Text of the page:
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# Two batteries of different $emf$ and internal resistances connected in series with each other and with an external load resistor. The current is $3A$ . When the polarity of one battery is reversed, the current becomes $1A$ . The ratio of the $emf$ of the two batteries is:(A) $2.5:1$(B) $2:1$(C) $3:2$(D) $1:1$

Last updated date: 20th Jun 2024
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Hint: We will use Kirchhoff's rule to find a relation of the resistances and the $emf$ of the two batteries. Then, we will equate them with each other.

Step By Step Solution

Here,
${V_1}$ is the $emf$ of the first battery and ${V_2}$ is that of the second one. ${r_1}$ is the internal resistance of the first battery and ${r_2}$ is that of the second. $R$ in the load resistance.
Now,
For the first situation when current is $3A$ .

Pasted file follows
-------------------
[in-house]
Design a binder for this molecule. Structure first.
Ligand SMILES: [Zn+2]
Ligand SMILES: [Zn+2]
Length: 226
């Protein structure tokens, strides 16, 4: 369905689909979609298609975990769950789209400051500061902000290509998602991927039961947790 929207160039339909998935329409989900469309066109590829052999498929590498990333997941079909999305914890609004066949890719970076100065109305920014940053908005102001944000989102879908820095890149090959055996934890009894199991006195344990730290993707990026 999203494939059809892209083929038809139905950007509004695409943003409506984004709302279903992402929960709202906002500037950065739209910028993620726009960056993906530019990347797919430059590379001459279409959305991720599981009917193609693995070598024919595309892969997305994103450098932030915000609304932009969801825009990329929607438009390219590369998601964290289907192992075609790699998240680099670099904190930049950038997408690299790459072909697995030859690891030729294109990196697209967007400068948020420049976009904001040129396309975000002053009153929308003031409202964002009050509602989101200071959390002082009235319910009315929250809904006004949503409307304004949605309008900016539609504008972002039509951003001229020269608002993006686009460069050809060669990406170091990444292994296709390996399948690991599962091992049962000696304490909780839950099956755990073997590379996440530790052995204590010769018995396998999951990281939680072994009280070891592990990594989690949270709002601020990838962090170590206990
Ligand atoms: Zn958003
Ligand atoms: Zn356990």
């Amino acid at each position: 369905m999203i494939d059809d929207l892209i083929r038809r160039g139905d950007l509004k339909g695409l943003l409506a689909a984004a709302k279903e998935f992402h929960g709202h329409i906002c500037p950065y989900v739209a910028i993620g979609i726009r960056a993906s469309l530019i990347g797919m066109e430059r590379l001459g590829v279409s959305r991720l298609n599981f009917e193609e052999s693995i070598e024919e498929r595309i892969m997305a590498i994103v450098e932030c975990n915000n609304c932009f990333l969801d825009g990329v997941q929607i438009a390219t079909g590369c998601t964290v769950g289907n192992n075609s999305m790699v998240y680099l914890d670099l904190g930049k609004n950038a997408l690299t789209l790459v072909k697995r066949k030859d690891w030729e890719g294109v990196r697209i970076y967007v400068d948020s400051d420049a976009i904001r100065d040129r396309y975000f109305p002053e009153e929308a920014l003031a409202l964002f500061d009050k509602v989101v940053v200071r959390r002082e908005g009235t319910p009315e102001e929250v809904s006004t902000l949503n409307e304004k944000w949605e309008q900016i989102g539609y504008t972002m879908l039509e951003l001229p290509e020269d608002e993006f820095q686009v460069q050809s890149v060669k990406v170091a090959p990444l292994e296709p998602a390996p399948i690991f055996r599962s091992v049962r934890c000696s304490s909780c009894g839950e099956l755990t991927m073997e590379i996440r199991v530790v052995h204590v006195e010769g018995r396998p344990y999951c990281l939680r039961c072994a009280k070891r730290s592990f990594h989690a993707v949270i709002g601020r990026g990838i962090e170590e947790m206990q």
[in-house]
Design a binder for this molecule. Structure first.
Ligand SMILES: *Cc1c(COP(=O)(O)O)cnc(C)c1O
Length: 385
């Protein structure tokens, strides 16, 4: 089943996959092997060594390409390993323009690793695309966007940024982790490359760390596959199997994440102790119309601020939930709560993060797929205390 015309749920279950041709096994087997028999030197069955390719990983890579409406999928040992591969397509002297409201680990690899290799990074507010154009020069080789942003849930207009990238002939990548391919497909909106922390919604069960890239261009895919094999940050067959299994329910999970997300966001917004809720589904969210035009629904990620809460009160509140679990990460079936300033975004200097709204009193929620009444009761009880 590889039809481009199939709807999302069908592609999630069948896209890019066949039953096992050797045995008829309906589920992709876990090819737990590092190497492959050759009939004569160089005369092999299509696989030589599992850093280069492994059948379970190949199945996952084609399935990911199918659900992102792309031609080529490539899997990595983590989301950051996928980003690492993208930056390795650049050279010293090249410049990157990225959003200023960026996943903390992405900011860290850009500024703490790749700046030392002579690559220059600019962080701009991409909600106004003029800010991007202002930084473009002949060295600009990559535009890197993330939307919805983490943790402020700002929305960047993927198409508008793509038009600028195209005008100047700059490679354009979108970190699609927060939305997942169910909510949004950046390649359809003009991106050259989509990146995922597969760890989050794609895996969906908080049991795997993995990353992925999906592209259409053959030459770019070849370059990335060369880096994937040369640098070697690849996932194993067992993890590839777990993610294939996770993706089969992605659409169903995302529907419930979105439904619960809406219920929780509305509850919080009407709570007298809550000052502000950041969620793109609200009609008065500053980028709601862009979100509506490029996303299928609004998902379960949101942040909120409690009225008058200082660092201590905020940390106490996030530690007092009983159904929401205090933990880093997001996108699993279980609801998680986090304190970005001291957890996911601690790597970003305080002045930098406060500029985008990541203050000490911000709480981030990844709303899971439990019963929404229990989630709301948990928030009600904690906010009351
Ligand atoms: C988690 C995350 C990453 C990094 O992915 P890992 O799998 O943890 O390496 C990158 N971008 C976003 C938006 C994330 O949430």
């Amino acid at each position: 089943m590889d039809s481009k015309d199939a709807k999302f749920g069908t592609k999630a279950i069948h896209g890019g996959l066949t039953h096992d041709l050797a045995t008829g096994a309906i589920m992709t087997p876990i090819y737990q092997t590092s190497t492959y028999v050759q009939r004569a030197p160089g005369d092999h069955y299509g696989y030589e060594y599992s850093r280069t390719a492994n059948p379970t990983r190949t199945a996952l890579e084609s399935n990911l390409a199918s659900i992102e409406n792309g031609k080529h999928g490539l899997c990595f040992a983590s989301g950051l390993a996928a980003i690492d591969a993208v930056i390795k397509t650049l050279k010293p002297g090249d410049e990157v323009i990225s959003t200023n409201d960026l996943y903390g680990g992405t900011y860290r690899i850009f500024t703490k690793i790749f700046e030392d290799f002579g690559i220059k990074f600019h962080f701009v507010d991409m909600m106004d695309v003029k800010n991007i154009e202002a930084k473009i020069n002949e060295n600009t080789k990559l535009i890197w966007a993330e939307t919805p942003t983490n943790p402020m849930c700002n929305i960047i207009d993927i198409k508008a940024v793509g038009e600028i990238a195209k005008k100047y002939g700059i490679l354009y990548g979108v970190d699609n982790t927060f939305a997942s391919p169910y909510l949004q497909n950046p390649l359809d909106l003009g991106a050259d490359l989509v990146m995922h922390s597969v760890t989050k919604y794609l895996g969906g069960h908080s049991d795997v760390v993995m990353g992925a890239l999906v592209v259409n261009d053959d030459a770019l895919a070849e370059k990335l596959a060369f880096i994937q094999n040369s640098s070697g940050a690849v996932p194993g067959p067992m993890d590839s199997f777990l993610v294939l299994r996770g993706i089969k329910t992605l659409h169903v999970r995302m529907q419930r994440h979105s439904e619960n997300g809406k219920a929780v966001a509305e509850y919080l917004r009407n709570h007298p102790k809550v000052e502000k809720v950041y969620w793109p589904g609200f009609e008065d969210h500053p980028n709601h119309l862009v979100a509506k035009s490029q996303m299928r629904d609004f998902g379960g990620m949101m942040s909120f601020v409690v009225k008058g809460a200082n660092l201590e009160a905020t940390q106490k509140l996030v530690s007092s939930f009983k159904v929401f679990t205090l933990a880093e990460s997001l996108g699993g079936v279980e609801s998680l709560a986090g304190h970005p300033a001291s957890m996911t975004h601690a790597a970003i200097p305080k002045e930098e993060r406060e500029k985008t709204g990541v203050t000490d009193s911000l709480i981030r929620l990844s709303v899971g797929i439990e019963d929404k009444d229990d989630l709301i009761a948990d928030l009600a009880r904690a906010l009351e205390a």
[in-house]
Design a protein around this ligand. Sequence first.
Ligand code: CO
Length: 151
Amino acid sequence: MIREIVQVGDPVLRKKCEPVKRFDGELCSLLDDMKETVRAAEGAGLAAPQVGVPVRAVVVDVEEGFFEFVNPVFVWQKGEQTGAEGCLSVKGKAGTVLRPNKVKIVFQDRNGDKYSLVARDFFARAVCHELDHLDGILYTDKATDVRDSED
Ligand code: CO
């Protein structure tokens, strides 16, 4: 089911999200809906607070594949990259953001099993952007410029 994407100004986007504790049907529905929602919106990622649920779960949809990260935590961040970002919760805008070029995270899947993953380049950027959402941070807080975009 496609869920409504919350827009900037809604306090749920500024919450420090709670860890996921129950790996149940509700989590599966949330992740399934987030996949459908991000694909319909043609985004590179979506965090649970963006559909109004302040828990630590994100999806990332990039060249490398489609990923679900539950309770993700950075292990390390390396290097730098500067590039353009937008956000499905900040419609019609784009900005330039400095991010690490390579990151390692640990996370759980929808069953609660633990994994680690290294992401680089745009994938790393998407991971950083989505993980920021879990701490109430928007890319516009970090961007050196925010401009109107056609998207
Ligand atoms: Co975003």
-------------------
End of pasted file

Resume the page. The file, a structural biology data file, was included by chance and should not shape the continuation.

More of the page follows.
By Kirchhoff’s Law,
$\frac{{\mathop V\nolimits_1 \mathop { + V}\nolimits_2 }}{{\mathop {R + r}\nolimits_1 \mathop { + r}\nolimits_2 }} = \mathop 3\nolimits_{}$
Thus, we can say
$\mathop {(R + r}\nolimits_1 \mathop { + r}\nolimits_2 ) = \frac{{\mathop V\nolimits_1 \mathop { + V}\nolimits_2 }}{3} \cdot \cdot \cdot \cdot (1)$
Similarly for the second case when current is $1A$ ,
$\mathop V\nolimits_1 \mathop { - V}\nolimits_2 = \mathop {R + r}\nolimits_1 \mathop { + r}\nolimits_2$
Now,
Putting in equation $(1)$, we get
$\mathop {3V}\nolimits_1 \mathop { - 3V}\nolimits_2 = \mathop V\nolimits_1 \mathop { + V}\nolimits_2$
After further evaluation, we get
$\mathop {2V}\nolimits_1 = \mathop {4V}\nolimits_2$
In the question, it is asked for $\frac{{\mathop V\nolimits_1 }}{{\mathop V\nolimits_2 }}$
Thus, we get
$\frac{{\mathop V\nolimits_1 }}{{\mathop V\nolimits_2 }} = \frac{2}{1}$

Additional Information: The Kirchhoff’s rules are handy to use in the cases for internal resistance, multiple $emf$ and in the cases indulging potentiometer. These rules are simple and very intuitive. Just that they were placed in a standardized manner by Kirchhoff.